Jacksonville School District #117 is bracing for impact of state budget shortfalls due to the COVID-19 pandemic. The school board heard from Treasurer Jamie Hadjan last night saying that the district’s revenues and expenditures have not factored into the district’s budget yet. Superintendent Steve Ptacek says that facility sales tax revenue is still ahead for the moment as well. During state updates, Ptacek said the district would have no access money despite schools not being in operation.
“We are not at all thinking we are coming out with any access in this situation in the long run. There’s not going to be access money. There might be in a short term in June 30, July 1st when it comes to a budget, but we have to prepare for next year, which could be ugly.”
Ptacek says there is going to be a substantial loss in state revenue for schools.
“We are of course regularly being informed of everything that is going on, The big thing we are working on right now is a potential loss in state revenue of up to $8 billion dollars for next year, that equates to $1.2 to $2.5 billion in the education fund.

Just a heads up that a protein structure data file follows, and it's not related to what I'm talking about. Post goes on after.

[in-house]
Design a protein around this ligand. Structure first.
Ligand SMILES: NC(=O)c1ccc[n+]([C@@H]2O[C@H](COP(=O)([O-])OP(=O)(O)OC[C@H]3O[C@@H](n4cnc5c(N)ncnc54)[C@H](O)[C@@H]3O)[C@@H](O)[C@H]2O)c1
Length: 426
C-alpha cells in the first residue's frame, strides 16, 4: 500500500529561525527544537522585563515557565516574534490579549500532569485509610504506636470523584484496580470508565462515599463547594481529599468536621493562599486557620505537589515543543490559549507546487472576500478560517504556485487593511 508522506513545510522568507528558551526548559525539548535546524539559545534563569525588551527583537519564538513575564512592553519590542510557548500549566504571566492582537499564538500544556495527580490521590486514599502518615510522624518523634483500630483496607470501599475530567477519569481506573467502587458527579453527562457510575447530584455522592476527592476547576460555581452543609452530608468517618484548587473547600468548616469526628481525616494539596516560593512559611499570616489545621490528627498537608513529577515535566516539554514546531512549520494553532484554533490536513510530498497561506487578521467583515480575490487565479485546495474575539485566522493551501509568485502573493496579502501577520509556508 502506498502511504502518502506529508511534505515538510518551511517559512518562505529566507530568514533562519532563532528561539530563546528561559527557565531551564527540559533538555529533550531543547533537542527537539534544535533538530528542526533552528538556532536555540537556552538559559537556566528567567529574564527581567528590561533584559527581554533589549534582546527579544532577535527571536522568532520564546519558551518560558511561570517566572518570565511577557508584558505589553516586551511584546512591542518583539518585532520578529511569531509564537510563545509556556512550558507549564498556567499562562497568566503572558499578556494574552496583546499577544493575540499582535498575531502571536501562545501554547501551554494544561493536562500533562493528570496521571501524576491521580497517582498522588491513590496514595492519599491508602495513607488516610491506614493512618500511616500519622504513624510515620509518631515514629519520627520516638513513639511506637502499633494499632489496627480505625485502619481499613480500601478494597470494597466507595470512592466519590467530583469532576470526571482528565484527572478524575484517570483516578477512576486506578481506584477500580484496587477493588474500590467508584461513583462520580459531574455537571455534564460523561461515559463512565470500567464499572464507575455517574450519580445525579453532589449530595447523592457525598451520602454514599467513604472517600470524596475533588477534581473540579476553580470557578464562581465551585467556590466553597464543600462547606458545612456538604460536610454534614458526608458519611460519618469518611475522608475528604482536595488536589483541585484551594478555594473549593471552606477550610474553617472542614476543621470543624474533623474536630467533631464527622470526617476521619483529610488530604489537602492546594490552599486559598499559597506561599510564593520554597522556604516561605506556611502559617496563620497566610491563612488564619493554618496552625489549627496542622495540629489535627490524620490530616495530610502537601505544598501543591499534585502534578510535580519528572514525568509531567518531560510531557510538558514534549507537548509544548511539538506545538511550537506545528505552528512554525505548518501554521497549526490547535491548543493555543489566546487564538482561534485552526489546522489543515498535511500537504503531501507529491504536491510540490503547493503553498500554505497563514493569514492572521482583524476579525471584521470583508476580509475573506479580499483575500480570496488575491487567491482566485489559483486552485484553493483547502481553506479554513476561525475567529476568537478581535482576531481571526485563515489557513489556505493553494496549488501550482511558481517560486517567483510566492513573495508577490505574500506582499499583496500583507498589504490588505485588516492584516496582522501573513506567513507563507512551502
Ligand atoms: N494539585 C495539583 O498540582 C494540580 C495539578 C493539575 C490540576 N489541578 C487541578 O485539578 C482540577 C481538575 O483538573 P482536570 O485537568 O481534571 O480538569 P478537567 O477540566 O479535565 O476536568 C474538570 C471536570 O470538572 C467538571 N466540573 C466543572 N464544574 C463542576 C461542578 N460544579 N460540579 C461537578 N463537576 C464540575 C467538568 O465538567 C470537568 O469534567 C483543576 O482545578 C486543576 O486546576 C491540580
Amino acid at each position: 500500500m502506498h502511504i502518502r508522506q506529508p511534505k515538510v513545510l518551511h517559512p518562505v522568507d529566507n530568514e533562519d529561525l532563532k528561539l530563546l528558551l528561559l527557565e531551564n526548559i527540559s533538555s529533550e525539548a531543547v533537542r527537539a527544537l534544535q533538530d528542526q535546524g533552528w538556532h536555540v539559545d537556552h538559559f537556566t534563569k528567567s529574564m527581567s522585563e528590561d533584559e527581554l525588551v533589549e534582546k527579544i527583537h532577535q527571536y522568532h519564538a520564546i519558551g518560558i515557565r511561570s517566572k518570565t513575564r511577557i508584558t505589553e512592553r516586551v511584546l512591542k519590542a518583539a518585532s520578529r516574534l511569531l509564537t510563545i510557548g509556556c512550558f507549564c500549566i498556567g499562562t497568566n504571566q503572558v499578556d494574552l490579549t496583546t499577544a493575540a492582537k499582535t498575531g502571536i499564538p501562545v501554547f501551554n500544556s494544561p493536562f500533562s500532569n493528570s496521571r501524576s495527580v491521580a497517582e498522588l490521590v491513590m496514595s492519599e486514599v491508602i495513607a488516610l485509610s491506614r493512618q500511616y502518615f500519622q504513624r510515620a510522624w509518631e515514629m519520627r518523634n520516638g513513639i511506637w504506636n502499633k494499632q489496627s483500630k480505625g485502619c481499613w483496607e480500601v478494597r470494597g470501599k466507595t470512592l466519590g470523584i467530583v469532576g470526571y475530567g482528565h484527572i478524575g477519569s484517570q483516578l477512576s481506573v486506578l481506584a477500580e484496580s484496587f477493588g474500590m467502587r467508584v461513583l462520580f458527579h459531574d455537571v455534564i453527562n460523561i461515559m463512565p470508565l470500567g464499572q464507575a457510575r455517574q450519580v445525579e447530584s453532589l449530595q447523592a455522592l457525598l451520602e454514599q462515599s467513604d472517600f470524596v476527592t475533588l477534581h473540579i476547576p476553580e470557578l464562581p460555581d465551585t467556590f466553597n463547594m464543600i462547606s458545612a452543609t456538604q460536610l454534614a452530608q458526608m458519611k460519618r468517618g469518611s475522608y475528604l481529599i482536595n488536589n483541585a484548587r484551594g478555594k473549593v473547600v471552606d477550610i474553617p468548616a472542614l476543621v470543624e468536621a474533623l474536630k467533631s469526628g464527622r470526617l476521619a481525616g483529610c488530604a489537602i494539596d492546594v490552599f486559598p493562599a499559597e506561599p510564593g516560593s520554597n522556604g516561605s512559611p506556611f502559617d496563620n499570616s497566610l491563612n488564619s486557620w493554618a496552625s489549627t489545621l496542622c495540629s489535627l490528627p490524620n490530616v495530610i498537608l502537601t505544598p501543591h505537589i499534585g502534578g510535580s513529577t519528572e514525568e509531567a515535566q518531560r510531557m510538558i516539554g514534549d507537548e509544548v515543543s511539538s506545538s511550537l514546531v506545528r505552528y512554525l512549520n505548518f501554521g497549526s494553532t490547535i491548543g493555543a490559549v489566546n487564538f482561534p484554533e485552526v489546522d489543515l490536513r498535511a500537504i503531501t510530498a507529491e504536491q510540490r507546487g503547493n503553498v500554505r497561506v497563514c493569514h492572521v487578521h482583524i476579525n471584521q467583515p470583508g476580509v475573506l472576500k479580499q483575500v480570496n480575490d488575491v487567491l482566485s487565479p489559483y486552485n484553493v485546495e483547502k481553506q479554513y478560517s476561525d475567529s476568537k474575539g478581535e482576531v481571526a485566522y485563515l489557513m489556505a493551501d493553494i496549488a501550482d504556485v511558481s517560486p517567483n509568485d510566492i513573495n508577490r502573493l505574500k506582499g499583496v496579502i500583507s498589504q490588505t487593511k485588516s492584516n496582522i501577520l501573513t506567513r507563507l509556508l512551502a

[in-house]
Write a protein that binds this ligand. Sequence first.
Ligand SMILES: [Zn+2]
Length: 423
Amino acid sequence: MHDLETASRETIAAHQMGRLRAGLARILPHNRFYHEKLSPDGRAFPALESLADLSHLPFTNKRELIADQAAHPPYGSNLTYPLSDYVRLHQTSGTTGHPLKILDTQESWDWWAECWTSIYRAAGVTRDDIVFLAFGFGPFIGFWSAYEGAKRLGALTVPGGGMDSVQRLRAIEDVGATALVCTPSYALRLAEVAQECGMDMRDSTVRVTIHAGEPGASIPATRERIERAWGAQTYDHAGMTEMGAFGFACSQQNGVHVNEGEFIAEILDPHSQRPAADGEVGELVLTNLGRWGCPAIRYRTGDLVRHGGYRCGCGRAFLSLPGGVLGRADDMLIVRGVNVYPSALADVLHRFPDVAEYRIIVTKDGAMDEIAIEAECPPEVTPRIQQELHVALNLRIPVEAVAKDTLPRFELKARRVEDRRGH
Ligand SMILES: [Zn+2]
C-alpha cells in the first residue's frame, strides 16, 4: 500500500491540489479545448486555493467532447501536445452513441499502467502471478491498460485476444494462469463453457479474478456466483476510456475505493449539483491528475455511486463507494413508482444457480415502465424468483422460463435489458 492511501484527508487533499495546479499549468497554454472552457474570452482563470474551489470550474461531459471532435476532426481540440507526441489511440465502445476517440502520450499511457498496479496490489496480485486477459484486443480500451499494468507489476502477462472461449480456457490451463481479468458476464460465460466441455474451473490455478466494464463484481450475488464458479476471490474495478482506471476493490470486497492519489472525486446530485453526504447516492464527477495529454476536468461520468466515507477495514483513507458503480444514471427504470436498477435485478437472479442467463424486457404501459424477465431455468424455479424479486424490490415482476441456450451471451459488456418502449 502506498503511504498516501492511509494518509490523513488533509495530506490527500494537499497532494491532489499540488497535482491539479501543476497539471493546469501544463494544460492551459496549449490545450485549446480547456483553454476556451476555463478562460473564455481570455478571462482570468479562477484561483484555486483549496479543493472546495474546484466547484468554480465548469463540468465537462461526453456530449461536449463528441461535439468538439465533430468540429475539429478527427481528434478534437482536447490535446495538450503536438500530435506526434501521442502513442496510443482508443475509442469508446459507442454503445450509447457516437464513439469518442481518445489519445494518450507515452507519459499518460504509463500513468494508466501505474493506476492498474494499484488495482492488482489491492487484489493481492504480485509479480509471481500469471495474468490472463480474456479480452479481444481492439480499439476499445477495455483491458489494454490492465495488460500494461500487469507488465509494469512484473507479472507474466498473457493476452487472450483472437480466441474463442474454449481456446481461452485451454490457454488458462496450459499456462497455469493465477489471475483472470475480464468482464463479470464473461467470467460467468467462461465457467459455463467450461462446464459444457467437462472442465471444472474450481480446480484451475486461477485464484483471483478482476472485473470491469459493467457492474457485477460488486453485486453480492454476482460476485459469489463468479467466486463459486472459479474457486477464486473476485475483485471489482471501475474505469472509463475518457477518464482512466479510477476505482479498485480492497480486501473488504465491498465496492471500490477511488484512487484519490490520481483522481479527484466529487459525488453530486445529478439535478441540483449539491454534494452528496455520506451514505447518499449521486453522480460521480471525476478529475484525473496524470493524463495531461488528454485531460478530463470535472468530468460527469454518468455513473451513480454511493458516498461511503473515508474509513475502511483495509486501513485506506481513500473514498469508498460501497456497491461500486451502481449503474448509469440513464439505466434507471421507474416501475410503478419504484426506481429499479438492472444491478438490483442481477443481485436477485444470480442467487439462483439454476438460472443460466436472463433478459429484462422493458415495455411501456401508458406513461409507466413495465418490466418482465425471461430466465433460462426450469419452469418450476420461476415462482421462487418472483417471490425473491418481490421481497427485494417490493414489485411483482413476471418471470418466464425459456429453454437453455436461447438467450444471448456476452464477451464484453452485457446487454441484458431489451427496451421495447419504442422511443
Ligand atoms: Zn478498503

Worst case scenarios are not good at all. Luckily that $29 million dollars, anytime anybody talks about that we don’t need a big fund balance, I’ve been harping for all seven years that I have been here that we definitely do because we can’t sell off our safety bonds. But the rainy day fund we always talk about, it’s going to hit us.”
Ptacek says planning has already begun if the rainy day fund gets substantially depleted.
“There are other districts that are going to have a hard time surviving over the next year. We are not in that situation, but we have to keep watching. I don’t want to jump into any Chicken Little, the sky is falling scenario because we also don’t know how long that will be. It might be a one year reduction, and then the economy might rebound, it might be a three or four year bad situation, we don’t know, but we will keep watching it.
But am I starting to think of how we could do some substantial cost savings both for next year, and if it looks like it will go into the future? Absolutely.
Ptacek says next year should not see a reduction in programs or staff. He said that releasing staff is beyond its legal window. He says if the reduction in revenue goes beyond next year, then next year will be spent about long-term budget reduction measures.
Noel Beard said that he would be attending a teleconference with Todd Bertran, Executive Director of the Illinois Association of School Boards next week to further discuss the state’s upcoming education fund reduction and how school boards across the state can begin to plan for massive shortfalls.